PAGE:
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Interpretation

Limiting liability under your contract

Jason Rix

Last month, a group of us (Erwan Poisson, Joost Everaert, Julie Metois, James Freeman and I) gave some training on limiting liability in commercial contracts. So far so unsurprising. The sting in tail was that we were covering the topic under Belgian, French and English law. This served to highlight some legal and cultural differences Read More

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What does “to the extent that” mean in a warranty claim accounts exclusion?

Philippa Richards

The question of what “to the extent that” means was recently considered by the High Court in Zayo Group v. Ainger. In that case, the seller was liable under a sale purchase agreement for a warranty claim except “to the extent that” a provision (for a target company liability) was made in the accounts. Did Read More

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Retro scooters: a licence to ride?

Adrian Dykes

In Scomadi v RA Engineering, the High Court construed a poorly drafted agreement against a licensor, meaning that the licensee could continue to manufacture the licensor’s retro scooter, even after the original agreement was terminated. Scomadi entered an agreement with Hanwei for the design and manufacture of a retro scooter. The agreement provided that Scomadi Read More

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Ejusdem generis – let’s get down to the specifics

Sherin Bhasker

Was the sale of properties for social housing, the transfer of land for “other social/community purposes”? Applying the ejusdem generis rule in Burrows Investments v Ward Homes, the Court of Appeal held that it was not. Burrows, a property investment company, entered into a contract for the sale of land with Ward, a developer. Ward’s right Read More

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Strict contractual liability

Jason Rix

In the extraordinary facts of ARB v IVF Hammersmith, E had been born following a forged consent form given by ARB’s ex-partner to an IVF clinic. ARB established that the clinic had acted in breach of contract. However, public policy precluded his claim for the cost of bringing E up. ARB claimed the clinic had breached: Read More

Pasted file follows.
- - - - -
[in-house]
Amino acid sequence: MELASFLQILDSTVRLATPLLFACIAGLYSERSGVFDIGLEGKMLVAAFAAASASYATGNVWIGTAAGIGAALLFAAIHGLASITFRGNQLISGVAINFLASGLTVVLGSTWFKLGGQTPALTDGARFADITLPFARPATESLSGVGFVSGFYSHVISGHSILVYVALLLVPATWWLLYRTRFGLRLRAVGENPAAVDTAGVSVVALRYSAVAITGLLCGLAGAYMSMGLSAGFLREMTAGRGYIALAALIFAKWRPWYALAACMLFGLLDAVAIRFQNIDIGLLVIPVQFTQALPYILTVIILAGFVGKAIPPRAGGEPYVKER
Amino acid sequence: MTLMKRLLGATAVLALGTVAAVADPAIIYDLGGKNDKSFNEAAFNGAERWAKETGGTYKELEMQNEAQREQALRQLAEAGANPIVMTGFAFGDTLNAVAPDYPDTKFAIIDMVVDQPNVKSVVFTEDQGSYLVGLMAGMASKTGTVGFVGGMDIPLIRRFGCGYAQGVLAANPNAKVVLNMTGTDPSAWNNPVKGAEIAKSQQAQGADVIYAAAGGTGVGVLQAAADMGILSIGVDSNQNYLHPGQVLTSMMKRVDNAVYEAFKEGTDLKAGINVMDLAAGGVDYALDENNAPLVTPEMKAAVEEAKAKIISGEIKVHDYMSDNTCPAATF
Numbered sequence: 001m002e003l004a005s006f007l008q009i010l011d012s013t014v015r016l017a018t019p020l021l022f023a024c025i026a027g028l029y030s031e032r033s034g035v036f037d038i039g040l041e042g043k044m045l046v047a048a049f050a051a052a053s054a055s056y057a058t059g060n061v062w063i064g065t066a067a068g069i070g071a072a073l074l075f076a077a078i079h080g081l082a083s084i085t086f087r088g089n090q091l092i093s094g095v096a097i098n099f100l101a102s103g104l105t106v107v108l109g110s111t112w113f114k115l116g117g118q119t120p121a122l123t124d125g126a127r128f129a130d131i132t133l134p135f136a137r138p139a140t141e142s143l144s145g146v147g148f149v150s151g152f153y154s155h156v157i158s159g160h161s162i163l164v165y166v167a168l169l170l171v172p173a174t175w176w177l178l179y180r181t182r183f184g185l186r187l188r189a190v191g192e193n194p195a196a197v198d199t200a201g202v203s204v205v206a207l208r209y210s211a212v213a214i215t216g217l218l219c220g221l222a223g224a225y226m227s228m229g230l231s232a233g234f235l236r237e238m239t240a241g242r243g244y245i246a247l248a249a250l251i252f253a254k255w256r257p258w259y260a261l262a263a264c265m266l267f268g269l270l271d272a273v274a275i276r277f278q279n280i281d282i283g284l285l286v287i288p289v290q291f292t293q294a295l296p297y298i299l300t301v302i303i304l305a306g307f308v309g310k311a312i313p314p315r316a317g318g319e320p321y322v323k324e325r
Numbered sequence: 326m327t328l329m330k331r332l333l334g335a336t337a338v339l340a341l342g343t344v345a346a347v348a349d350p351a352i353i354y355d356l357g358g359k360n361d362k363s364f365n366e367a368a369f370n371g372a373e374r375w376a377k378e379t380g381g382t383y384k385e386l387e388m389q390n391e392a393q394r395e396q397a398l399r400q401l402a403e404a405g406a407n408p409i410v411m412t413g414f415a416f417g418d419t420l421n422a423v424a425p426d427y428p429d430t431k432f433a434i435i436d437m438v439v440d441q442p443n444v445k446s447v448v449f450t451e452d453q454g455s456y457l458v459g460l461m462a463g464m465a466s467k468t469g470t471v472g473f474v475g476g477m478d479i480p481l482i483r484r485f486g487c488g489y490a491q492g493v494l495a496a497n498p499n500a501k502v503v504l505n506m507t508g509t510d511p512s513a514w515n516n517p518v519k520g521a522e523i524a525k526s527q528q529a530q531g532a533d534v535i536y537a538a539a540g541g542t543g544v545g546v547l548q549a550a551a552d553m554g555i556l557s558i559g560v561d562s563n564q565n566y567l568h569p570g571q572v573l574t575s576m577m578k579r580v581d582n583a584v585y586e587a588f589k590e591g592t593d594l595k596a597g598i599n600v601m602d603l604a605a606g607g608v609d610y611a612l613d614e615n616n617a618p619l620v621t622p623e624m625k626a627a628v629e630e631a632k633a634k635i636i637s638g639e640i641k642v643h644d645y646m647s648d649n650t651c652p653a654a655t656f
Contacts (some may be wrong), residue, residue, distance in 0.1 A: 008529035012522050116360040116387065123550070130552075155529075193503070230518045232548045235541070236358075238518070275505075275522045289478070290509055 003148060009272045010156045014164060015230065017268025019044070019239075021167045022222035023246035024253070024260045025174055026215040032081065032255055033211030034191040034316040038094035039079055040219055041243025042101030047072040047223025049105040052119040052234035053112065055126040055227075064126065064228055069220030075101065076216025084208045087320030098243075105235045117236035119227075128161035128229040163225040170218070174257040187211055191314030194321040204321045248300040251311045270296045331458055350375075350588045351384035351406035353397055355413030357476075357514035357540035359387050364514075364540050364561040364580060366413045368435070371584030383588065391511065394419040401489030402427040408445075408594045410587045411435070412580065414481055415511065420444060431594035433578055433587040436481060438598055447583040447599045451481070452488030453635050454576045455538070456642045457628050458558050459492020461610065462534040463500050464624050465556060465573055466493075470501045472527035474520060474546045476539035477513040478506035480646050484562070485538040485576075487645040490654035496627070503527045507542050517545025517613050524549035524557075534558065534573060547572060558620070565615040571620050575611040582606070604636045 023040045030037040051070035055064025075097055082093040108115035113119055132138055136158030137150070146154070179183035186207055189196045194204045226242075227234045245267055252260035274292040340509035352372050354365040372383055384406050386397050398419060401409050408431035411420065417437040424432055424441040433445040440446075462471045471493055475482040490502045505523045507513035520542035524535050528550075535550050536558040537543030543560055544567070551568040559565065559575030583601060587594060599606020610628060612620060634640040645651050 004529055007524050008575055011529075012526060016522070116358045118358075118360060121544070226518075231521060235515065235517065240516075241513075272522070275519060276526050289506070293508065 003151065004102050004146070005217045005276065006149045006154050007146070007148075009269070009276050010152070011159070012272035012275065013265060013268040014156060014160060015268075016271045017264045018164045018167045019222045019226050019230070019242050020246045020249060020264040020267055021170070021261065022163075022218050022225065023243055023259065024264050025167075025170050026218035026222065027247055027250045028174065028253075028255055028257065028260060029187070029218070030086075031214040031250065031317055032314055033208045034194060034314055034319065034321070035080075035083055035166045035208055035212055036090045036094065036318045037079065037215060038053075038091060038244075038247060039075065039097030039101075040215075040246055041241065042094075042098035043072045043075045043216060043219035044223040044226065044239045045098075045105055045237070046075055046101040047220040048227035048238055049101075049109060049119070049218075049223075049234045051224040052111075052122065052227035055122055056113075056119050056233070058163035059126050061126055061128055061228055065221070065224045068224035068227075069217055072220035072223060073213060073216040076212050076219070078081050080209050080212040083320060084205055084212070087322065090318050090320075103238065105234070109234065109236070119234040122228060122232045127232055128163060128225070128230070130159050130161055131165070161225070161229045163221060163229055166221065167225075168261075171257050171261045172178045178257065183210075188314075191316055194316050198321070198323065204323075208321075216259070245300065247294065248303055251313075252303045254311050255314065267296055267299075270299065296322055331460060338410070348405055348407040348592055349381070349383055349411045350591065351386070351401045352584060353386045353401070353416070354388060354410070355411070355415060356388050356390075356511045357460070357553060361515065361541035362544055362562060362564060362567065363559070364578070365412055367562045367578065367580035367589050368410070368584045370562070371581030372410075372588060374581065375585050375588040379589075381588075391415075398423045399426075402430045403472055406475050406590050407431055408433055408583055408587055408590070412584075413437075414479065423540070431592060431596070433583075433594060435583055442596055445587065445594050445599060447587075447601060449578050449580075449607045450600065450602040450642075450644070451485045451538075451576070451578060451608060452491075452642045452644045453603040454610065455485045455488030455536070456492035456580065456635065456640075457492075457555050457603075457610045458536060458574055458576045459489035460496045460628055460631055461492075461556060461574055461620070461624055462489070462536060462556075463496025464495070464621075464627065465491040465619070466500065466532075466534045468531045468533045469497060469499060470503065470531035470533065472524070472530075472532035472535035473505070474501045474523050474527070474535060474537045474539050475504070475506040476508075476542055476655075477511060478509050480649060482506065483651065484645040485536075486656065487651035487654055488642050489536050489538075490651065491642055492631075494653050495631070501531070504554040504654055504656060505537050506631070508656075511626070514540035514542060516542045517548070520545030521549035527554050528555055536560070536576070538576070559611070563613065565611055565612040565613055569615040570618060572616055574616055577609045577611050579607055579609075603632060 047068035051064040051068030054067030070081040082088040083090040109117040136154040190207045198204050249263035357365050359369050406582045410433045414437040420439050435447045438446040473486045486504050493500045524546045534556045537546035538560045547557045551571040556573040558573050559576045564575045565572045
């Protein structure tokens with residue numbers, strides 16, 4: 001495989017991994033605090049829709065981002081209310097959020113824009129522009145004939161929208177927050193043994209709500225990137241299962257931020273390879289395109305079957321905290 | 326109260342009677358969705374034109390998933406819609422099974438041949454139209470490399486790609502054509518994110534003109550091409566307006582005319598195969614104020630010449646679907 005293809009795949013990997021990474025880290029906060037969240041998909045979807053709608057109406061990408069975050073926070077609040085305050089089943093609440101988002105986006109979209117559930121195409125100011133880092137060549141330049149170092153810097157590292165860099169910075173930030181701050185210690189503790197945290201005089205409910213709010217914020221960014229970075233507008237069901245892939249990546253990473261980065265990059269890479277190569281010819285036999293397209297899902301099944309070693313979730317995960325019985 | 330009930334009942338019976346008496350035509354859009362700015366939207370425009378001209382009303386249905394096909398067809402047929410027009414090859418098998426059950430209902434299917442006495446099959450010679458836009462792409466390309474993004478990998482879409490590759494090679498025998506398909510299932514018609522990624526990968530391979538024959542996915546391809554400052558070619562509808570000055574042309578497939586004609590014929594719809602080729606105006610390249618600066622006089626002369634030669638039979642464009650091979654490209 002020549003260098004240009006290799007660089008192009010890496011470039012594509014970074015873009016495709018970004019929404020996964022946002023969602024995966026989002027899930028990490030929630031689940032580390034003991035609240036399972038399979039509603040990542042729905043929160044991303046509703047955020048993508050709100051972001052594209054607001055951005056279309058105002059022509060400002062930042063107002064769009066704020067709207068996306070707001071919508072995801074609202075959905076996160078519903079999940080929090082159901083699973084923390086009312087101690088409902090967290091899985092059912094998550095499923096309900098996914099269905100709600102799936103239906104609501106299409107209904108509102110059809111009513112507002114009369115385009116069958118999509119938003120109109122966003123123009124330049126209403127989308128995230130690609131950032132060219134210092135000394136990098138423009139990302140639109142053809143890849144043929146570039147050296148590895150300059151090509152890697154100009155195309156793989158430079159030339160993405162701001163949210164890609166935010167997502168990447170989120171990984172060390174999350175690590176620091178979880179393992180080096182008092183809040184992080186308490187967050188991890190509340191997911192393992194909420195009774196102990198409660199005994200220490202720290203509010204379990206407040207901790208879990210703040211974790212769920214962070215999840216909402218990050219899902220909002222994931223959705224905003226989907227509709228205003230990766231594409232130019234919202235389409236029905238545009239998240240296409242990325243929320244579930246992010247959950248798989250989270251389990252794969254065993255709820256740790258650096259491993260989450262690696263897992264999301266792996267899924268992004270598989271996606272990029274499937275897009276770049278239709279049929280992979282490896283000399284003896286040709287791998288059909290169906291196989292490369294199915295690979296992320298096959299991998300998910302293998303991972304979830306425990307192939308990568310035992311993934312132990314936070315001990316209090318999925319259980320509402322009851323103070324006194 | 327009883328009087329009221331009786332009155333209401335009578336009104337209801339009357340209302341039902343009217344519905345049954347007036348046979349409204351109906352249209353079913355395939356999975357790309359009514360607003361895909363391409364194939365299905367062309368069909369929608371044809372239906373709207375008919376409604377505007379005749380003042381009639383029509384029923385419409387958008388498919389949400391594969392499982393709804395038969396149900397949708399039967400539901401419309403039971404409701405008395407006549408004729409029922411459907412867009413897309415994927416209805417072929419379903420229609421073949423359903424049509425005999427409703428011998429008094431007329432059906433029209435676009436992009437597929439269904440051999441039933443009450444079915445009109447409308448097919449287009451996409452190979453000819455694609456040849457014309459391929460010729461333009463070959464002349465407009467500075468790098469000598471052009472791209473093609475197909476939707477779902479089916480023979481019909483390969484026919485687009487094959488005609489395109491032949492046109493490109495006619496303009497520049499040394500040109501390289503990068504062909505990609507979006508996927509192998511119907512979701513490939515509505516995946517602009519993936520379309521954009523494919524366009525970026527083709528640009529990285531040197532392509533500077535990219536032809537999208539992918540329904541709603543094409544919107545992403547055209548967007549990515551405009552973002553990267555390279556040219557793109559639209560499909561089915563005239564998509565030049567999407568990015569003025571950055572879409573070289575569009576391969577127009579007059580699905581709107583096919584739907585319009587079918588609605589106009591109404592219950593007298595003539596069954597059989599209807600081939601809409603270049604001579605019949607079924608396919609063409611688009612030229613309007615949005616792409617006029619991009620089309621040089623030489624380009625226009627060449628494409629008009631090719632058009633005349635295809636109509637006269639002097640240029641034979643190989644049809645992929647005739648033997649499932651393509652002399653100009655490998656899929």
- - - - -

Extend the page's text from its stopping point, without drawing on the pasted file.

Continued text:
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Uncertain but not unenforceable

Emily Davies

In Royal Devon and Exeter NHS Foundation Trust v ATOS IT Services, the court found that (i) an ambiguous limitation of liability clause was enforceable and (ii) damages for wasted expenditure were distinguishable from damages for loss of profits. The Trust engaged ATOS to provide information management services. Unhappy with the performance of the system, Read More

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Allocating risk: detailed specification vs. fitness for purpose

Jason Rix

The Supreme Court has held a constructor liable for the failure to ensure a life of 20 years for the foundations of offshore wind farms it designed and installed despite the fact that the foundations were required to meet an industry standard that contained an error that caused the failure: MT Hojgaard v EON. The Read More

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The suspense is killing us – will the recitals show they’re out of time?

Alexandra Pedder

In Russell v Stone the court considered the interpretation of standstill agreements and found that they operated to suspend, rather than extend, time for the purposes of limitation. The Russells engaged Stone to manage a construction project. The project was beset by difficulties, for which the Russells blamed Stone. The parties entered into three standstill Read More

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Restitution of enrichment by mistake – AstraZeneca recovers $2 million for candidate drugs mistakenly interpreted to be ‘Collaboration Compounds’

Robyn Trigg

In Astex Therapeutics v AstraZeneca, AstraZeneca were able to recover $2 million by way of restitution of enrichment for two milestone payments made to Astex by mistake under a collaboration agreement. Astex and AstraZeneca entered into an agreement to develop a BACE inhibitor for treatment of Alzheimer’s disease.  After expiry of the collaboration term, the Read More

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Contractual interpretation – setting an example

Alexandra Pedder

The Court of Appeal has applied the tests in Rainy Sky (business common sense) and Arnold v Britton (natural meaning of the words) to interpret a construction contract. On the facts, figures for minimum acceptable performance levels described as “examples” were found to be binding (Sutton v Rydon). Although the court did not refer to the most Read More

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